13 Infantile Phase (patients 2 months to 2 years of age) Infantile Phase (patients 2 months to 2 years of age) Eruption may become generalized, in most cases it first manifests with severe “cradle cap” or severe intertriginous rashes (groin, neck, axillae). As the patient approaches age 2 years, the flexor creases become involved. Lesions consist of scaly, red, and occasionally oozing plaques that tend to be symmetric. Occurs on the Occurs on the scalp scalp face, particularly cheeks face, particularly cheeks neck neck chest chest extensor extremities extensor extremities

14 Childhood Phase (patients aged 2 years to 12 years of age) These patients tend to be less acute and lesions less exudative than those seen in infancy. Inflamed lesions become lichenified (especially in Asian and African-American patients) secondary to chronic rubbing and scratching. secondary to chronic rubbing and scratching. Lesions tend to occur symmetrically, with characteristic distribution in the flexural folds. Occurs on the:  Antecubital and popliteal fossae  Neck, wrists, and ankles  May occur on the eyelids, lips, scalp, and postauricular areas

15 Adolescent and Adult Phase (patients 12 years and older) Post inflammatory hyper or hypo pigmented changes tend to be seen. The appearance of atopic dermatitis may change to a more poorly defined, itchy, erythematous rash, possibly with papules and/or plaques. The appearance of atopic dermatitis may change to a more poorly defined, itchy, erythematous rash, possibly with papules and/or plaques. Lichenified plaques of atopic dermatitis are typically less well demarcated than are the plaques seen in psoriasis. These plaques tend to blend into surrounding normal skin. Lichenified plaques of atopic dermatitis are typically less well demarcated than are the plaques seen in psoriasis. These plaques tend to blend into surrounding normal skin.

16 Clinical Aspects Clues to diagnosing Atopic Dermatitis: Persistent Xerosis, or dry, “sensitive” skin. Persistent Xerosis, or dry, “sensitive” skin. “Allergic Shiners”-this refers to the darkened or tanned coloring in the periorbital areas. “Allergic Shiners”-this refers to the darkened or tanned coloring in the periorbital areas. Hyperlinear palmar creases Hyperlinear palmar creases Follicular eczema (most common in African- American patients) Follicular eczema (most common in African- American patients) Ichthyosis vulgaris Ichthyosis vulgaris Keratosis Pilaris Keratosis Pilaris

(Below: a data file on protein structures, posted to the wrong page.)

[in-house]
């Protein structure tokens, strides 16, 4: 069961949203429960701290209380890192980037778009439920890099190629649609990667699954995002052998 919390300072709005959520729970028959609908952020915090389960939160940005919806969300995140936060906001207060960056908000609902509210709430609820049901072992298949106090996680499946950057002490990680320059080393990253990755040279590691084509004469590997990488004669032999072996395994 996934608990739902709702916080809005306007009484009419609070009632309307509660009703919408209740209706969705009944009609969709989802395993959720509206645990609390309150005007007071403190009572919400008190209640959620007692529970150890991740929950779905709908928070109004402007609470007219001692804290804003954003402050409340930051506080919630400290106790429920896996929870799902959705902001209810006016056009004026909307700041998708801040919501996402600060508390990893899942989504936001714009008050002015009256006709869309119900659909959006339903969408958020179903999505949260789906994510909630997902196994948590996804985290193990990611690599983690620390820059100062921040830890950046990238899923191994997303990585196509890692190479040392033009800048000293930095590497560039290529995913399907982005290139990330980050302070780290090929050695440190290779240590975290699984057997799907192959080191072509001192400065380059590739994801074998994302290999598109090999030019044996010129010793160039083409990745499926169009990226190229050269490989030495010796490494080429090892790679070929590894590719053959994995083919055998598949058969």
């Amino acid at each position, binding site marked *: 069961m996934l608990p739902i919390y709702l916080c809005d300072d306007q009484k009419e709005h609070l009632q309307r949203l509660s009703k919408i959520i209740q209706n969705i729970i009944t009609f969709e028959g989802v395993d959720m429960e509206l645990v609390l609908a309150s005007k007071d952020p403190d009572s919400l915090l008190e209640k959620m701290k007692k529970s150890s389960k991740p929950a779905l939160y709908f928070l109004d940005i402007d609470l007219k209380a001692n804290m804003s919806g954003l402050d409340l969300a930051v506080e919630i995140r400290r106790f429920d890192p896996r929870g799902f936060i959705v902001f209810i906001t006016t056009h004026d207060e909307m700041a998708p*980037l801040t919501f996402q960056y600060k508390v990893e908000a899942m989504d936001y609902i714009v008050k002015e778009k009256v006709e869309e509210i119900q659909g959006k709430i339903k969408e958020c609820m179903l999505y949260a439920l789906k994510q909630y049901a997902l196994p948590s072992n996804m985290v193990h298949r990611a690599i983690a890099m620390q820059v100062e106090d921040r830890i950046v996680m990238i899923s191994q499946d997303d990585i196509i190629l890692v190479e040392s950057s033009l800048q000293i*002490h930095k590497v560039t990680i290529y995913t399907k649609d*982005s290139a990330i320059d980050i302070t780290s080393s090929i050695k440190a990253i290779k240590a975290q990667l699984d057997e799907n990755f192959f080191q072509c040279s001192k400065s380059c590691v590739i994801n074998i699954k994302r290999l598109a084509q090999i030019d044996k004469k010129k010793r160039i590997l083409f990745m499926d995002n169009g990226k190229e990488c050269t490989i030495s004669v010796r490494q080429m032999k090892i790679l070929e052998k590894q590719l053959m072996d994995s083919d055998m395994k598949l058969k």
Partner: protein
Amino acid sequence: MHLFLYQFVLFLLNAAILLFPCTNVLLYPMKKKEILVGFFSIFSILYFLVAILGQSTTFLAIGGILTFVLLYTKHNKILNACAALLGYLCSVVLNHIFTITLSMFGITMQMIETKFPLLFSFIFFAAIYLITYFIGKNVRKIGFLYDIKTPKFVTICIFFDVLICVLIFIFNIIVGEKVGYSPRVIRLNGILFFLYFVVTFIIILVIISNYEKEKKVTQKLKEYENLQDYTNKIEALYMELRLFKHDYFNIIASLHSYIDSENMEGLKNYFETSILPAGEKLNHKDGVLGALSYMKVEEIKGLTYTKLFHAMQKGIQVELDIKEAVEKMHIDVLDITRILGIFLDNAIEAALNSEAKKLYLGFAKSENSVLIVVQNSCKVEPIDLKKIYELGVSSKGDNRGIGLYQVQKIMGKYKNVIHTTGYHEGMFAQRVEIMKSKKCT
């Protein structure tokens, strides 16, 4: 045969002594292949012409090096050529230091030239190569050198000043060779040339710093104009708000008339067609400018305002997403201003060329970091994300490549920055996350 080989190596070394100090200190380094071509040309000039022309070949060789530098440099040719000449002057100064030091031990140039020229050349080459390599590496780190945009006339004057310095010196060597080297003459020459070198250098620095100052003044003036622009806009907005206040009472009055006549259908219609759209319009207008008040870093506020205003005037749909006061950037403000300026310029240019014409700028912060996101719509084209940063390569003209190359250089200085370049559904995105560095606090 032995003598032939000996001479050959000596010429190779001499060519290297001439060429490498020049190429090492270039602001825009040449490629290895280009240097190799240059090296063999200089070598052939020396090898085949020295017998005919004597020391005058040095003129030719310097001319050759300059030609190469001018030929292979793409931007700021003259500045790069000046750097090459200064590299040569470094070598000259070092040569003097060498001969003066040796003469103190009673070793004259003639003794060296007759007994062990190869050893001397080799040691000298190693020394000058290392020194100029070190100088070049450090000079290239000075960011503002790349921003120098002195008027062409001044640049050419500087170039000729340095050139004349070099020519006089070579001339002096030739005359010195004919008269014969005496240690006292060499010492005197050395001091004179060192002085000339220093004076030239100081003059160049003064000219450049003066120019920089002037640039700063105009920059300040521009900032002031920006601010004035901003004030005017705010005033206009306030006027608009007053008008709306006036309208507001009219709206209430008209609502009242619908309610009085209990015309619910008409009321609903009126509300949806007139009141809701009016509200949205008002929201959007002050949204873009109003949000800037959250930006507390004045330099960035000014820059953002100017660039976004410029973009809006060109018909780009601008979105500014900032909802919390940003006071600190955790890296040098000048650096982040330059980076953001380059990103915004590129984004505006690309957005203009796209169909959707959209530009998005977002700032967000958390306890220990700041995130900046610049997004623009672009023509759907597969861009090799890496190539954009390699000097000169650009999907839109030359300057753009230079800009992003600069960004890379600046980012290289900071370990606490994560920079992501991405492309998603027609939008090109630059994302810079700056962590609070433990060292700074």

17 Possible Complications Pruritus (itching) may interfere with sleep. Pruritis is increased by repeated scratching and rubbing, which leads to lichenification, oozing, and secondary bacterial infection. Secondary infection with Staphylococcus aureus may trigger relapse of atopic dermatitis.

18 Differential Diagnosis Diagnosis of atopic dermatitis is generally not difficult, especially in patients with atopic history. The following should be considered or excluded : Determine whether the patient was exposed to a substance that could cause contact dermatitis. The location of the lesions may suggest an external cause. Contact Dermatitis

19 Differential Diagnosis  Lesions are generally in extensor locations (elbows, knees, and other large joints) rather than the flexor creases. May be palmar or plantar as seen in this image.  Patients typically have a positive family history of psoriasis. Psoriasis Psoriasis is less pruritic than eczema, lesions tend to be clearly demarcated from normal surrounding skin, and the scale of psoriasis tends to be thicker in appearance. However, psoriasis may at times be clinically indistinguishable from atopic dermatitis

20 Differential Diagnosis A positive KOH test or fungal culture result will confirm (remember, an unresolved eczematous-like rash, worsening with topical corticosteroids could be tinea) (remember, an unresolved eczematous-like rash, worsening with topical corticosteroids could be tinea) Tinea